Guardianship

The incapacity of a family member or loved one is difficult to accept and deal with. However, if an individual is no longer able to handle their own financial assets or medical care (“incapacitated”), it often falls upon the individual’s family members or loved ones to care for the incapacitated individual (“the Ward”). If the family member or loved one is named in a Durable Power of Attorney or Advanced Health Care Directive as the Ward’s Agent, then stepping in to care for the Ward may be quick and simple.

However, many people fail to plan for the possibility of their own future incapacity. If this is the case, it is likely that the Ward has not executed a Durable Power of Attorney or Advanced Health Care Directive and that no one has the legal authority to make financial or medical decisions on behalf of the Ward.

If this is the case, it may be necessary for the Ward’s family members or loved ones to ask the Court for permission to assume the rights and duties of caring for the Ward’s financial and physical needs with the individual’s assets.

This process begins by the proposed guardian asking the Court for the legal authority to make financial and health care decisions on behalf of the Ward. Next, the Court will appoint at least three different experts to meet with the individual and report to the Court with their expert opinion as to whether the Ward is incapacitated. If it is determined that the Ward is incapacitated and there is no objection, the proposed guardian is often granted the legal authority requested.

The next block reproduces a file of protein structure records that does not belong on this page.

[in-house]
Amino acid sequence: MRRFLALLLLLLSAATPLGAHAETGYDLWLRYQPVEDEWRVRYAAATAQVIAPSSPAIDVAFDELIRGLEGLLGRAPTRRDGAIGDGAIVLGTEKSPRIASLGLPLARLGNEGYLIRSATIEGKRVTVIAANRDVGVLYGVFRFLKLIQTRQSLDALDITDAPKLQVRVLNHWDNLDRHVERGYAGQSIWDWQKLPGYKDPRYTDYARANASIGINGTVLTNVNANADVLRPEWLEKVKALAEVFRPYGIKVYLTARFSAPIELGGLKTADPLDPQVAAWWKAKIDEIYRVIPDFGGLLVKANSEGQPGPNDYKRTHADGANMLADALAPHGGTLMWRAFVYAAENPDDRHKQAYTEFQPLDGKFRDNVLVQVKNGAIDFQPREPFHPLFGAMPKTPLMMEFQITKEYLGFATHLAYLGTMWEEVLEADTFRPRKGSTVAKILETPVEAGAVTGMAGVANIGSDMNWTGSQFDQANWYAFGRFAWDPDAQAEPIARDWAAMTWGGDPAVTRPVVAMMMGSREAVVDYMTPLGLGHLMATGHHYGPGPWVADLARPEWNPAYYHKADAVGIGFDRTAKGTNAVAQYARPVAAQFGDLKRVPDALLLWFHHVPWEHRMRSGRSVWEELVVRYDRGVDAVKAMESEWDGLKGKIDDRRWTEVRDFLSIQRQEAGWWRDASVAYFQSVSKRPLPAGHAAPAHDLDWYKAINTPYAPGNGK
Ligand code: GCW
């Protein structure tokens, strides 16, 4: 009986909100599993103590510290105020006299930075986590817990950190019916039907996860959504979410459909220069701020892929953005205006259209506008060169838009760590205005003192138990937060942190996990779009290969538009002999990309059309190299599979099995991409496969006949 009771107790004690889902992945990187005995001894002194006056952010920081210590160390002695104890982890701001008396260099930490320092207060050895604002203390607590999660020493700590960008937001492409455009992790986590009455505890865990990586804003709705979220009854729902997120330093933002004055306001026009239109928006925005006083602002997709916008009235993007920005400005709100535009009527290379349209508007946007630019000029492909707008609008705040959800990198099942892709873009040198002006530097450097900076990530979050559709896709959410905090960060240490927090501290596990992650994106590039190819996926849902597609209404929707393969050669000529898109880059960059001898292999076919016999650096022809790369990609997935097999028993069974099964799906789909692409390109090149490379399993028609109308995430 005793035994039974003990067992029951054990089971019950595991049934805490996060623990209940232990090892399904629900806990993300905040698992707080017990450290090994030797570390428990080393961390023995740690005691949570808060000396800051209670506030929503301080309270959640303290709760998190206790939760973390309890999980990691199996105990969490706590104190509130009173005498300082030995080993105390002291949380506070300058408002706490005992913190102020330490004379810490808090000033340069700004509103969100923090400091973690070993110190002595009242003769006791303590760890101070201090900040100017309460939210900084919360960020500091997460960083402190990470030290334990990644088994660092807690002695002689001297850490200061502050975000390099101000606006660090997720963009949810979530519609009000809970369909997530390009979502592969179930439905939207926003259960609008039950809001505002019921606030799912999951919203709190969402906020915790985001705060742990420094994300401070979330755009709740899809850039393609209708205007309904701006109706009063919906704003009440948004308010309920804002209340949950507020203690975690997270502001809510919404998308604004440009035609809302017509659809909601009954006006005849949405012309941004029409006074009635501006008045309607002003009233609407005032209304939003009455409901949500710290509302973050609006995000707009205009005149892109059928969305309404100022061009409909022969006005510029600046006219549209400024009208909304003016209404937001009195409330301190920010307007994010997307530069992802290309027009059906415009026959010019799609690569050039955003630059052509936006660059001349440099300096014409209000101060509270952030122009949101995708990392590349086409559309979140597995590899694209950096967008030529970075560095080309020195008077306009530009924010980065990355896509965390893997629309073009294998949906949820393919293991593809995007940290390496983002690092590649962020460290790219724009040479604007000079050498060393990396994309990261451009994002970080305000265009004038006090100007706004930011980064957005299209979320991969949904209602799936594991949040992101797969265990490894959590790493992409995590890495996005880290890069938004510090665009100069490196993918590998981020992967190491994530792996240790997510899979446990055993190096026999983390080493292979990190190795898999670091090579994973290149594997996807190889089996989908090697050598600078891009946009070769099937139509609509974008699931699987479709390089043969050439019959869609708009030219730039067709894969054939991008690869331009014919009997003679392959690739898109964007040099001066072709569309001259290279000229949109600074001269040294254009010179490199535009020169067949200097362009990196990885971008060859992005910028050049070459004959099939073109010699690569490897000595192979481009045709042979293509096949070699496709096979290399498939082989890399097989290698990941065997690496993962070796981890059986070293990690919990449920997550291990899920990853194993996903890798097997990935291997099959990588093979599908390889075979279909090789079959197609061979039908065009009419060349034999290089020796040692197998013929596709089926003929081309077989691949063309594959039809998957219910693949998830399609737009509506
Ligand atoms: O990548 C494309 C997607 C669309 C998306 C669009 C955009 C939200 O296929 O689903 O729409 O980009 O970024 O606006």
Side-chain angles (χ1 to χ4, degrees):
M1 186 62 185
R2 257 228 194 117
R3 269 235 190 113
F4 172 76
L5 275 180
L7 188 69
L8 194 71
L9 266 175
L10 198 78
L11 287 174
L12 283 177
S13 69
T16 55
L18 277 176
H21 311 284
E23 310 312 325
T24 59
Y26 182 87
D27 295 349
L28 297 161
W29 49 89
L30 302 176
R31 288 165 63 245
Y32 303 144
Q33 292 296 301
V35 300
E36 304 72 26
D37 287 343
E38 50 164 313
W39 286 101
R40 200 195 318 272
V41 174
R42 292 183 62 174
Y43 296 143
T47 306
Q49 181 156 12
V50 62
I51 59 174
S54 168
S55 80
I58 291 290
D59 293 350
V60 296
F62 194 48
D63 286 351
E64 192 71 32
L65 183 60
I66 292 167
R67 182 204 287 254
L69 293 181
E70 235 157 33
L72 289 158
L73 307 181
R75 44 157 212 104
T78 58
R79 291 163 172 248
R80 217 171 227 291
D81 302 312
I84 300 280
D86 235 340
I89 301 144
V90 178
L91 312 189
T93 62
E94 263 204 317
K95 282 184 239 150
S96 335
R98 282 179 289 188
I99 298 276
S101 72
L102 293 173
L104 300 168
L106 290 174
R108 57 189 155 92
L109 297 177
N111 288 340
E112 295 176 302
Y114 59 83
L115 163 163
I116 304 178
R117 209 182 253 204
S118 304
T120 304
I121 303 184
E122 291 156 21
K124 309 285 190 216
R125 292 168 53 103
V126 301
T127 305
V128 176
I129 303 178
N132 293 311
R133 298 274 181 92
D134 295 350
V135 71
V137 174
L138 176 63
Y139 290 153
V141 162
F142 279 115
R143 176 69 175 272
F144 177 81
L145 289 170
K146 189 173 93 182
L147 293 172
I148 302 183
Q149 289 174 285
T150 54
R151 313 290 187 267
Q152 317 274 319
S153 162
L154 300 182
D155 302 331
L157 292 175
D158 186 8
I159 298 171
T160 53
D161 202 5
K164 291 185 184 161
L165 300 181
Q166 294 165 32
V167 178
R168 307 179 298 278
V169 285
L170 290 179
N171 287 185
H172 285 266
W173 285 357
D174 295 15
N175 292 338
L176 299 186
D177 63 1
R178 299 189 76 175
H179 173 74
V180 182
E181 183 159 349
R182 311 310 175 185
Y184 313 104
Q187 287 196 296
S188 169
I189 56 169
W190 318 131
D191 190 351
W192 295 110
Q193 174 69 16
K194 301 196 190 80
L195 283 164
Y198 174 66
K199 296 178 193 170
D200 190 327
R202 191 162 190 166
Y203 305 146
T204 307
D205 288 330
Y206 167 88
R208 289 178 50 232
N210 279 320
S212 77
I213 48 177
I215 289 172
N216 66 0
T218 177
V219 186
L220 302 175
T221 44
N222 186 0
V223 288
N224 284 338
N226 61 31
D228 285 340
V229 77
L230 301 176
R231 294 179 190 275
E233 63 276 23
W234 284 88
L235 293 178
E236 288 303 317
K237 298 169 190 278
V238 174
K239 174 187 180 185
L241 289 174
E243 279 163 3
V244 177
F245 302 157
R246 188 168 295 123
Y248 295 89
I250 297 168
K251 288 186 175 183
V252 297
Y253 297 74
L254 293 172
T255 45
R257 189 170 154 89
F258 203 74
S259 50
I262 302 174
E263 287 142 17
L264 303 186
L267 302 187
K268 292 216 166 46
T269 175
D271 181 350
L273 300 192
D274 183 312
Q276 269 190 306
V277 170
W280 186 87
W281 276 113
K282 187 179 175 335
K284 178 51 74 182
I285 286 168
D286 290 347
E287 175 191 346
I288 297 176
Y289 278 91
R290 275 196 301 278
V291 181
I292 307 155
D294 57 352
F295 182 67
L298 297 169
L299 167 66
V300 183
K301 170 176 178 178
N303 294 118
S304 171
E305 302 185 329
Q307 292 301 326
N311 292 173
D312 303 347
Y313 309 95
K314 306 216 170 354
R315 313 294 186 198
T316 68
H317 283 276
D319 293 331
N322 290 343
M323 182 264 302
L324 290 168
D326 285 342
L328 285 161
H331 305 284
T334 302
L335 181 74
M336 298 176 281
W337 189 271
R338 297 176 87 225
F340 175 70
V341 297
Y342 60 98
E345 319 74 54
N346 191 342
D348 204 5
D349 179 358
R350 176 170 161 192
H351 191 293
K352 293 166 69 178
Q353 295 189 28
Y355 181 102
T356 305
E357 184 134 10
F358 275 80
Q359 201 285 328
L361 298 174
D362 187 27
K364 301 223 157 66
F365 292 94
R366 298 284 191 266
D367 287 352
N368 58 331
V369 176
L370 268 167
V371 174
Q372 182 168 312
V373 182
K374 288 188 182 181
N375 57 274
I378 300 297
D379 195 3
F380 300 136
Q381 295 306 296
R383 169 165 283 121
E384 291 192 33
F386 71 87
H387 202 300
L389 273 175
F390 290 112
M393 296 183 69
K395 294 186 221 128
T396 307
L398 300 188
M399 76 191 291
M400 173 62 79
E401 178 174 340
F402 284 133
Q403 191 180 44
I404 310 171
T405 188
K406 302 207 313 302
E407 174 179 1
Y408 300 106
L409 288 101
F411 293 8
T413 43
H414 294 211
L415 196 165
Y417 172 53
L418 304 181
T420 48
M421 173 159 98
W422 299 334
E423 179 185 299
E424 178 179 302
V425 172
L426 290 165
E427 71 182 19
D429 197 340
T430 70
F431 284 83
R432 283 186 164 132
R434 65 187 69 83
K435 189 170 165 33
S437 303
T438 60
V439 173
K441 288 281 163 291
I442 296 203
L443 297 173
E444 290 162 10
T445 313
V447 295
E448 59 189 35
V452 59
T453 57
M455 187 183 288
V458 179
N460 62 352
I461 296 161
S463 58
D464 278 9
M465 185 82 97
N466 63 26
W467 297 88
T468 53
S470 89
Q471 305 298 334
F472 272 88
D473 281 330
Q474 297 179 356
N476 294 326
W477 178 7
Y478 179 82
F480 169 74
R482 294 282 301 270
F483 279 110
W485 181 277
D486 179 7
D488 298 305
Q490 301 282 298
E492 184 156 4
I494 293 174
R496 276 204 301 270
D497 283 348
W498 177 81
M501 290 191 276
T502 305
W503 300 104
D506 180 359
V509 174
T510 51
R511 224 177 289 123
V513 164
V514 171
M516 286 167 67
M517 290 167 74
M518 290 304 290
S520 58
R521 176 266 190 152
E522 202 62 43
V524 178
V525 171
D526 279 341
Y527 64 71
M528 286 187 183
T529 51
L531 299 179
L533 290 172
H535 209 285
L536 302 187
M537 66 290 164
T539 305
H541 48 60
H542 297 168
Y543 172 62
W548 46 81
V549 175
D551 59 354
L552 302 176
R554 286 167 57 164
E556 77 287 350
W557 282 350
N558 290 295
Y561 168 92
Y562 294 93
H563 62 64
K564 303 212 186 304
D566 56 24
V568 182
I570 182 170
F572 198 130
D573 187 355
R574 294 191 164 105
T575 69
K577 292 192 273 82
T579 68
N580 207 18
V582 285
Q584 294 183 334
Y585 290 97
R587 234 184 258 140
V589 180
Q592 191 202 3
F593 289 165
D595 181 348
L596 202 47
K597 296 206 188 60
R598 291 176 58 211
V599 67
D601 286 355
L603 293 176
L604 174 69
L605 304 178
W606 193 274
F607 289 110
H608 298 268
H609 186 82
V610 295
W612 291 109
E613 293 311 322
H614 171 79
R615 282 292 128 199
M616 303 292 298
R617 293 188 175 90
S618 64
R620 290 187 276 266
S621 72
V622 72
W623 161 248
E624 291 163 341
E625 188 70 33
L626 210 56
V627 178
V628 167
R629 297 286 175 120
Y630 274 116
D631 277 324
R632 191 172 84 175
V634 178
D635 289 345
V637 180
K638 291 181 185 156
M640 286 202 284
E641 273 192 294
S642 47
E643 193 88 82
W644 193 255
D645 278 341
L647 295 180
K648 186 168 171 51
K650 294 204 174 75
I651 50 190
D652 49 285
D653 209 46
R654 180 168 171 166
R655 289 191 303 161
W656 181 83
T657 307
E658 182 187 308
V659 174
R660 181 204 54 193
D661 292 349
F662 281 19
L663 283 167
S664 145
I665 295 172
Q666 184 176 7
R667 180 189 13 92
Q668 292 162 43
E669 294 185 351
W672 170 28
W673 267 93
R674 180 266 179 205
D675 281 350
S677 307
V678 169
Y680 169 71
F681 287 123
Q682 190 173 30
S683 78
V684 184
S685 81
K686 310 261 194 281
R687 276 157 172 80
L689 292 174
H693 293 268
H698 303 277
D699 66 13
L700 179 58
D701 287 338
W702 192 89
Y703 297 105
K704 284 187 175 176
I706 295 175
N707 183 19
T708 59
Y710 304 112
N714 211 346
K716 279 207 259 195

Once the guardian is appointed, the guardian has many rights and duties to the Ward and the Court, including but not limited to asking the Court for permission to spend the Ward’s assets, filing a yearly accounting, and answering to the Court for any questionable expenditures. The guardian may also receive payment from the Ward’s assets for the time spent caring for the Ward.

At The Preston Law Firm, we understand the pain, stress, and confusion that are inherent any time a guardianship is needed. We are here to guide you and help determine the best way to allow you to care for your incapacitated family member or loved one. It is our goal to make an inherently difficult and confusing area of law simple so that all you have to worry about is caring for the Ward. We’re here to help you beyond simply being appointed as guardian, but in your duties acting as guardian as well.

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